Events held across Australia in October and November 2018 brought together growers, government biosecurity officers, and international experts to consider the threat posed by the spotted wing drosophila (Drosophila suzukii, SWD).
The events were part of a project to improve preparedness for an incursion of SWD by raising awareness of the exotic pest to increase the chance that an incursion would be detected and ensuring tools needed for its eradication are available.
The exotic pest is native to Eastern Asia but developed as a global concern following its spread to North America, South America and Europe.
While most drosophila flies only affect damaged and over-ripe fruits, SWD lays its eggs in a range of ripening fruits before they are ready for harvest.
So, while SWD isn’t considered a ‘true’ fruit fly, its impact could be just as significant and damaging for horticultural industries.
SWD is recognised as being a high biosecurity concern for Australia. The pest reproduces rapidly, can be difficult to identify, and could result in up to 80% losses in susceptible fruit.
Australia’s most susceptible crops are strawberries, cane berries, blueberries and cherries, with summer fruit and table grapes also impacted.
Together, the estimated production value of these industries is over $1.6 billion.
Given the threat that SWD poses, Plant Health Australia is working with cesar and Plant & Food Research New Zealand on a Hort Innovation funded project called ‘Improving the biosecurity preparedness of Australian horticulture for the exotic Spotted Wing Drosophila’.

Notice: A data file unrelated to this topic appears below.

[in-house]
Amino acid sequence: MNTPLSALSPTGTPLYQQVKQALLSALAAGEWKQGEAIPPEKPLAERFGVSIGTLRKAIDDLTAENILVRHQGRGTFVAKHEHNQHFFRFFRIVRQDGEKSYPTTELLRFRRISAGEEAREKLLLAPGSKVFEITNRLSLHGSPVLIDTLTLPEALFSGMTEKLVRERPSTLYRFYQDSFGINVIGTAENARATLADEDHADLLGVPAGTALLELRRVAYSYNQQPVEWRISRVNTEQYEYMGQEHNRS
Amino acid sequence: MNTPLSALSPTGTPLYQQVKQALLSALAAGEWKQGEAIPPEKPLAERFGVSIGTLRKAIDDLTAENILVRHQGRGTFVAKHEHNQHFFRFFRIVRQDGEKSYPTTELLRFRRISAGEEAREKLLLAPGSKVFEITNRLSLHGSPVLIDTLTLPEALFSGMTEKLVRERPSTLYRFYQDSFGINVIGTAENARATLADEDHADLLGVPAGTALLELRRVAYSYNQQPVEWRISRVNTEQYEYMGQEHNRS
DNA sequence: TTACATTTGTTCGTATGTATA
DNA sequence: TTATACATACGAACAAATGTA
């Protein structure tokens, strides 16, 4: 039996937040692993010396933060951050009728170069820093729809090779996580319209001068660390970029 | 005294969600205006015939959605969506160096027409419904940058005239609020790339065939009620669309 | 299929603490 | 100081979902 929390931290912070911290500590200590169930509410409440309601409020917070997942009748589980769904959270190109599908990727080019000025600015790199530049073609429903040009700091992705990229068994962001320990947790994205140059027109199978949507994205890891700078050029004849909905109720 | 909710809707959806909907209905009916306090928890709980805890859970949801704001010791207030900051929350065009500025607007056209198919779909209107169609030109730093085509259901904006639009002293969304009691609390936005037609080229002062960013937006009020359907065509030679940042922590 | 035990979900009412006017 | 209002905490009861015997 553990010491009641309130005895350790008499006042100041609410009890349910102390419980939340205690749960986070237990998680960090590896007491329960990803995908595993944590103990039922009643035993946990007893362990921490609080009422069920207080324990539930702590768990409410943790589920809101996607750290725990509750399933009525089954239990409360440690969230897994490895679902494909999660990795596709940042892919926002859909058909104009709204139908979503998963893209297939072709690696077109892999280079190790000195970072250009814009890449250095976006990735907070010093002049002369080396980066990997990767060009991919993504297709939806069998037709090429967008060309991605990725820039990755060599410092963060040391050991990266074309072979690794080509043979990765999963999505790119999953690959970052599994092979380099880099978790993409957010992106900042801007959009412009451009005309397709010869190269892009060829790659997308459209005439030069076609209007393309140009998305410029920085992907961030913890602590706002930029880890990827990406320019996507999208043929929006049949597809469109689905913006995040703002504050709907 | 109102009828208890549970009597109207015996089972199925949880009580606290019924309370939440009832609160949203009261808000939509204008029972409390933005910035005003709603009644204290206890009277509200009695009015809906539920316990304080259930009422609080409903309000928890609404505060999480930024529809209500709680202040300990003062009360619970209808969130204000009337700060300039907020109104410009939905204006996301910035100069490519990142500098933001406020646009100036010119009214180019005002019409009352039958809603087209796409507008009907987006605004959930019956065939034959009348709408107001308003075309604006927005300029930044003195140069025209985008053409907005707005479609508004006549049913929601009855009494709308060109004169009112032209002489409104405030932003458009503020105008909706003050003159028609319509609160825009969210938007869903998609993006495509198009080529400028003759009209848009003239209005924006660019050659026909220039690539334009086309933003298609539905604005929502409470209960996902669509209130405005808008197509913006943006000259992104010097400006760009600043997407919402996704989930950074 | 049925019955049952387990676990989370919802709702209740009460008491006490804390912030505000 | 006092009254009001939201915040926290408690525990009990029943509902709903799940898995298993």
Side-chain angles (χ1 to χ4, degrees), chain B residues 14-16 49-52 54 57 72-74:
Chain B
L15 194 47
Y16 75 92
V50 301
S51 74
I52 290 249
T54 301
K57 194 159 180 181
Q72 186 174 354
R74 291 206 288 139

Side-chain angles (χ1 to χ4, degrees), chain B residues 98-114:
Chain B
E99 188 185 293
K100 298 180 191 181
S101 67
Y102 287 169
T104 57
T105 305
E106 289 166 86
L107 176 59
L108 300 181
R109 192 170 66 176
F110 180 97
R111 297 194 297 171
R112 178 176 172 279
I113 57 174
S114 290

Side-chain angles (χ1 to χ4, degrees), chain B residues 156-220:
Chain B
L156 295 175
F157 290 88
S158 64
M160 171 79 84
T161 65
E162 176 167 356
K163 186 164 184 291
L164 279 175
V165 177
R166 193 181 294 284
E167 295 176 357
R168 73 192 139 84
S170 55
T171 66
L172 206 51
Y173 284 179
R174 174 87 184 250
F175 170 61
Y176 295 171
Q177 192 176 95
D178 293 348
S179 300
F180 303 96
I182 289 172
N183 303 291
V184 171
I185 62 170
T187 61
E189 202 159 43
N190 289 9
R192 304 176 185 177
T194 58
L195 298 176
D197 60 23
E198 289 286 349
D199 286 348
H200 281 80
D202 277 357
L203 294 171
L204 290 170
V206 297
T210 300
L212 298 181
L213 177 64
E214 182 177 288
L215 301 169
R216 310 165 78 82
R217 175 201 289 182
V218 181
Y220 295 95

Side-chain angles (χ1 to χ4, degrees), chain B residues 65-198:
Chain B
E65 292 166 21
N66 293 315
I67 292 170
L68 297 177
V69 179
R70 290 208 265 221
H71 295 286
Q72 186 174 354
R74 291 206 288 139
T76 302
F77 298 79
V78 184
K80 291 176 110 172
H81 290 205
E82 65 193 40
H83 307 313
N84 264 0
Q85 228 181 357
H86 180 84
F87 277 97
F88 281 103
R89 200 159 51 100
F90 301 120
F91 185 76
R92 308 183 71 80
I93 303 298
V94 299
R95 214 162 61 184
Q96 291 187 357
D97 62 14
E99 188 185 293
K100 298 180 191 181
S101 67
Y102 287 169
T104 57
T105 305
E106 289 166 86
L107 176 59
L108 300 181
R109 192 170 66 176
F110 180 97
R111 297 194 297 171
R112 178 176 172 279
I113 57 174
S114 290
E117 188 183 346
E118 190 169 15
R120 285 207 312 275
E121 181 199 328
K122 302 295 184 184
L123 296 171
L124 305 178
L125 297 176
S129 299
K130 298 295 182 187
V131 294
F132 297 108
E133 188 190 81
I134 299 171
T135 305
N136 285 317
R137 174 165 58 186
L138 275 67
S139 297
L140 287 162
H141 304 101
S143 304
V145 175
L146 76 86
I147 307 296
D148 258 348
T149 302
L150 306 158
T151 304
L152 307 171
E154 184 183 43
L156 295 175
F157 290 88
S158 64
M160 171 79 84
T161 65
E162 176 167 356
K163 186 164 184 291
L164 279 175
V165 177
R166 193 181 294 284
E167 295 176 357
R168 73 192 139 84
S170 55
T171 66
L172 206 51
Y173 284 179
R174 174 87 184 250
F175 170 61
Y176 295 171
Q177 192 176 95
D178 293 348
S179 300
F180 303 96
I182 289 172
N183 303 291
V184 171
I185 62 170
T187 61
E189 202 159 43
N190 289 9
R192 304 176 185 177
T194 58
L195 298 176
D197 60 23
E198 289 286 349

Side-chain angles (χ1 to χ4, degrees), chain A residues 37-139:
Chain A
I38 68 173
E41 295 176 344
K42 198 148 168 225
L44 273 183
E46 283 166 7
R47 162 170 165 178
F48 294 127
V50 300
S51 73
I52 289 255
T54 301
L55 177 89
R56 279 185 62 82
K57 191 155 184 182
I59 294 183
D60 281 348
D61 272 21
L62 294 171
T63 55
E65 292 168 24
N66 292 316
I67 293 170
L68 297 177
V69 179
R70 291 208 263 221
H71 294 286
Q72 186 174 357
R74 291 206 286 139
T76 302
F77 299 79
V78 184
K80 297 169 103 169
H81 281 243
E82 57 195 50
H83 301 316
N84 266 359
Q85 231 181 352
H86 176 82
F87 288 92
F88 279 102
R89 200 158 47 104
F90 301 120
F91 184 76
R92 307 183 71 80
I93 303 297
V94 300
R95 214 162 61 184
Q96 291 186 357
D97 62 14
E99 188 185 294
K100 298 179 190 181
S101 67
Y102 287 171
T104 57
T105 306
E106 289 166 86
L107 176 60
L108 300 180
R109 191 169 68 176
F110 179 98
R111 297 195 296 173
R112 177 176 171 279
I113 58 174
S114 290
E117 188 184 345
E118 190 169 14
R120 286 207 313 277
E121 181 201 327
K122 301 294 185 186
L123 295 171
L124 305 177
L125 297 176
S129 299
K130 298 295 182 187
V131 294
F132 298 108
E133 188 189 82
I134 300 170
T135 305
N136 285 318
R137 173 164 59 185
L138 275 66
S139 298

The project aims to build awareness of the pest and Australia’s capacity to respond to an incursion. The project is also reviewing the available pest management tools for the pest to identify which one are most relevant to Australian conditions.
On 29 October, industry representatives met at a workshop to review current knowledge about SWD and its management and hear from international researchers about their experience with the pest.
Following the workshop, presentations to raise awareness of SWD were held in Wandin (Vic), Launceston (Tas), Coffs Harbour (NSW) and Caboolture (Qld) from 30 October to 2 November.
These events allowed growers from a range of production regions to hear from international experts Professor Rufus Isaacs from Michigan State University, USA, and Bethan Shaw from the National Institute of Agricultural Botany, UK.
In each of their presentations Professor Issacs and Mr Shaw shared how berry industries in their country were impacted by the arrival of SWD, updated attendees on the current knowledge about the pest, and highlighted the strategies that can be used to manage the pest.
Both presenters emphasised the importance of an integrated approach to managing the pest, the value of on-farm hygiene, and the importance of timing harvest carefully.
Developing SWD control programs that are compatible with integrated pest management programs for other pests and cause minimal disruption to established natural enemies is also important.
These were the first part of the project which will run to 2020. It is funded by Hort Innovation with support of the strawberry, raspberry and blackberry, cherry and summer fruit R&D levies.